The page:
Ten years after a dangerous operation that separated conjoined twins Carl and Clarence Aguirre, their mother thanked the New York doctors who made the surgery a success. It is, after all, extremely rare to see both conjoined twins survive birth and an operation.
At the 10th anniversary celebration at Montefiore Medical Center, located in the Bronx, Arlene Aguirre expressed her gratitude to Dr. James Goodrich and his team, saying she had put all her hope and trust in the surgeons. Now, both of her sons are alive and well. The family is originally from the Philippines but lives in the U.S. on a medical visa.
In 2004, Goodrich and his team separated the twins, who are now 12 years old. Though Clarence is now in near-perfect condition, his brother Carl still has some difficulties when it comes to talking and walking. “When they were born, the doctors at home [in the Philippines] told me, ‘You have to choose which one is to live,’” Arlene Aguirre told CBS News. “I said, ‘I cannot choose that.’ The doctors here did not ask me to choose.” The boys were born joined at the head, unable to sit up, stand, eat, or see each other. Once they were separated, Clarence began improving more than Carl — but at least they both survived.
Conjoined twins are a rare phenomenon that occurs once in every 200,000 live births. Forty to 60 percent of these babies are stillborn, and 35 percent of those who are born survive only one day. Separating them is extremely risky, and survival is minimal — and having both of the twins survive is even less likely. Despite the high chance of mortality during surgery, however, many conjoined twins who are now separated have gone on to live full and healthy lives. Emily and Caitlin Copeland, for example, were separated at one years old and are now 18, graduating high school as co-valedictorians, and going off to college.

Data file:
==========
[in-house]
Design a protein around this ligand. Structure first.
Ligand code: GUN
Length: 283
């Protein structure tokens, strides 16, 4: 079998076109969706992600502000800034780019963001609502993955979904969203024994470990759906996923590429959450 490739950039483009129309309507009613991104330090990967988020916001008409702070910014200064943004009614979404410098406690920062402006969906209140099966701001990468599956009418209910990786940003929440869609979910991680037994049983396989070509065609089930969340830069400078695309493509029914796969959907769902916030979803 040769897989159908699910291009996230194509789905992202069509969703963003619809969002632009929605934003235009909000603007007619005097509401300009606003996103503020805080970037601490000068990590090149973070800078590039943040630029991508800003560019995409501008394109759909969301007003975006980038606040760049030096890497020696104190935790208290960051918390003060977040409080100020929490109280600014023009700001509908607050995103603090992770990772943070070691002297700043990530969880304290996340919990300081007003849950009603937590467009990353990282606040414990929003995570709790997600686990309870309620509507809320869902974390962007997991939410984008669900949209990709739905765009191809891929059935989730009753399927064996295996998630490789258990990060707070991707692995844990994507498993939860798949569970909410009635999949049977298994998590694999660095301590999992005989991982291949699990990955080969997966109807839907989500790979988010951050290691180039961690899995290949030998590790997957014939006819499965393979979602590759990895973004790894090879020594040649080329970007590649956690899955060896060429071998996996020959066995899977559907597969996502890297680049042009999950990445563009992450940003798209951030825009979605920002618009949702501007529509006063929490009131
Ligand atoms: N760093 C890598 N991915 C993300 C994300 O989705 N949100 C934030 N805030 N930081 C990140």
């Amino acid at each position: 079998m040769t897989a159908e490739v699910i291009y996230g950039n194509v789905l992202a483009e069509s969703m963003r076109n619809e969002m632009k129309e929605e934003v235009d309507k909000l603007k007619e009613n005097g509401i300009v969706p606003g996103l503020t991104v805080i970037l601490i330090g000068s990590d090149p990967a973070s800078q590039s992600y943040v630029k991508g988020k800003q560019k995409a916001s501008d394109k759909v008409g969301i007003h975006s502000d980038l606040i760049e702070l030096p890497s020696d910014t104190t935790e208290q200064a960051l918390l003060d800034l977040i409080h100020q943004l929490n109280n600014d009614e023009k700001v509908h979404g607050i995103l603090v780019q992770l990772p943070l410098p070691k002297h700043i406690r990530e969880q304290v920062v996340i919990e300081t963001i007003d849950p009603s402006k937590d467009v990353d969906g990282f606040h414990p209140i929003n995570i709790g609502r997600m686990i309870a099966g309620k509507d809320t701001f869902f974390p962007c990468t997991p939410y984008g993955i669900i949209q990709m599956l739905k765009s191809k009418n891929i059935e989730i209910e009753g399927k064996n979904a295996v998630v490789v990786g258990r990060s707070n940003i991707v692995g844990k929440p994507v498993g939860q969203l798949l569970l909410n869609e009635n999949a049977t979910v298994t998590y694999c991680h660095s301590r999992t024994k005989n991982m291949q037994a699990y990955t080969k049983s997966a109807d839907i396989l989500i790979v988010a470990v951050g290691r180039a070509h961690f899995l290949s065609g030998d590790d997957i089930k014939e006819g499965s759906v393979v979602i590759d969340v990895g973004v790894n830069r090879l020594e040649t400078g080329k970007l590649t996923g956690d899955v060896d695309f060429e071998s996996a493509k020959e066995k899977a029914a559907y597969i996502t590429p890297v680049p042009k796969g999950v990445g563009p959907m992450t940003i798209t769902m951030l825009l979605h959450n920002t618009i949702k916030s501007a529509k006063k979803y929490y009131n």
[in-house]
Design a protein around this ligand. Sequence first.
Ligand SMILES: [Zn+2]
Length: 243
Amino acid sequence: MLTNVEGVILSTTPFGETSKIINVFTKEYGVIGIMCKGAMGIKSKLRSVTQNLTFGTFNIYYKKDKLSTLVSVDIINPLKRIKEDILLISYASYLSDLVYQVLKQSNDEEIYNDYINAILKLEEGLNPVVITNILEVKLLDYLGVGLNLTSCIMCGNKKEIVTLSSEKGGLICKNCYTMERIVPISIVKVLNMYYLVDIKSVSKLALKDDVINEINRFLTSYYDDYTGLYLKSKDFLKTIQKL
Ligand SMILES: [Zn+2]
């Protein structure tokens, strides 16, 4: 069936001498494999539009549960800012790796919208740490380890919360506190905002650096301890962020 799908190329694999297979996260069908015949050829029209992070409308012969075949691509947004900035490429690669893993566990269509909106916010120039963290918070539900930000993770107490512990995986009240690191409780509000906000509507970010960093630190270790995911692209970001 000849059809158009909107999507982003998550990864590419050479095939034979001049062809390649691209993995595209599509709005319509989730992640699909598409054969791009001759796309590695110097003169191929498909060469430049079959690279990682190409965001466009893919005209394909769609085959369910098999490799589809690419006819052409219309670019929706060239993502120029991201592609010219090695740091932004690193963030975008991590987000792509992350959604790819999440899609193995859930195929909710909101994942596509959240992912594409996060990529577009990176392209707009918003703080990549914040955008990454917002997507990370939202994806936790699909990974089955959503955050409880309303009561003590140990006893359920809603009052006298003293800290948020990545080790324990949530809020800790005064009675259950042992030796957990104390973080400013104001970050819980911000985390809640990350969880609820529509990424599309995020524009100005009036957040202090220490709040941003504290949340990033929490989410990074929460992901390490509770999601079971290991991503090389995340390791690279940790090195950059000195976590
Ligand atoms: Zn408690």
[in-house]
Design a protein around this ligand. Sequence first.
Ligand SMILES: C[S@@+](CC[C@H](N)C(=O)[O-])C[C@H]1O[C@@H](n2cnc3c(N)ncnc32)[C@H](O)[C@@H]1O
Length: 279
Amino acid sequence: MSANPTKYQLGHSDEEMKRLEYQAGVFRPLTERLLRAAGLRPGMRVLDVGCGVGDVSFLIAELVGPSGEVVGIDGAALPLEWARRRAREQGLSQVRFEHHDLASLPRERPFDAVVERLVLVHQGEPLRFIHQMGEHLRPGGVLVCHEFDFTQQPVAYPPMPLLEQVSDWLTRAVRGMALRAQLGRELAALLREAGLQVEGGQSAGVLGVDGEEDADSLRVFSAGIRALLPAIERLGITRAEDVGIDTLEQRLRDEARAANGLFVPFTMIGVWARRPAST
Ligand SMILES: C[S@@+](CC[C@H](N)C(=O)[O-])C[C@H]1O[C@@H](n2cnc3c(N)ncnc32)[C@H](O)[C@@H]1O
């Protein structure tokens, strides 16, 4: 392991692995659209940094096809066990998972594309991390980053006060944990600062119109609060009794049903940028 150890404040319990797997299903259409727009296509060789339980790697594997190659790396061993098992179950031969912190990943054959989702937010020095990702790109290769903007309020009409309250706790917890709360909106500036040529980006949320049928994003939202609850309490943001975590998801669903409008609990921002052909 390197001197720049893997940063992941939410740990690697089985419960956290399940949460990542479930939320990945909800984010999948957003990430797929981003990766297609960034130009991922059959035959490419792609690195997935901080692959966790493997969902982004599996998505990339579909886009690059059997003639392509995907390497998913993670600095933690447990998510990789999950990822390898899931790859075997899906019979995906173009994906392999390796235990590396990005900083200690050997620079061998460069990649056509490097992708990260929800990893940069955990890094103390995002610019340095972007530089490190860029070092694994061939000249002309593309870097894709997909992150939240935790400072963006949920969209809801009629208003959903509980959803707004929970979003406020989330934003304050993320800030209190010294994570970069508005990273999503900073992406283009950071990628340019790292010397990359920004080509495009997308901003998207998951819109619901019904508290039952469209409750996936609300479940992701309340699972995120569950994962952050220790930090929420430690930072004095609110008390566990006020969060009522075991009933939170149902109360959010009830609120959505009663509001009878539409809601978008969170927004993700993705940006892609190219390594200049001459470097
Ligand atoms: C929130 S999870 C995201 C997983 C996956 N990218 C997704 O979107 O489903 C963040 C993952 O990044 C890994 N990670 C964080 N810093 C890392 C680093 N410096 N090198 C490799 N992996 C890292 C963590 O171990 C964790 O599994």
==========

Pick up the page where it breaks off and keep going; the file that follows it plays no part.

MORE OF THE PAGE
But many conjoined twins are born with risky situations, such as having joined hearts, which makes it nearly impossible to operate. Some grow up joined and are able to live without too many complications. The first record of conjoined twins is of Mary and Eliza Chulkhurst, or the Biddenden Maids, who were born sometime in the year 1100, according to legend. Some historians don’t believe the twins existed, while others claim they did in fact live, well into their 30s. Other famous conjoined twins include Chang and Eng Bunker, who were born in Siam in 1811; Donnie and Ronnie Galyon, and Millie and Christine McCoy.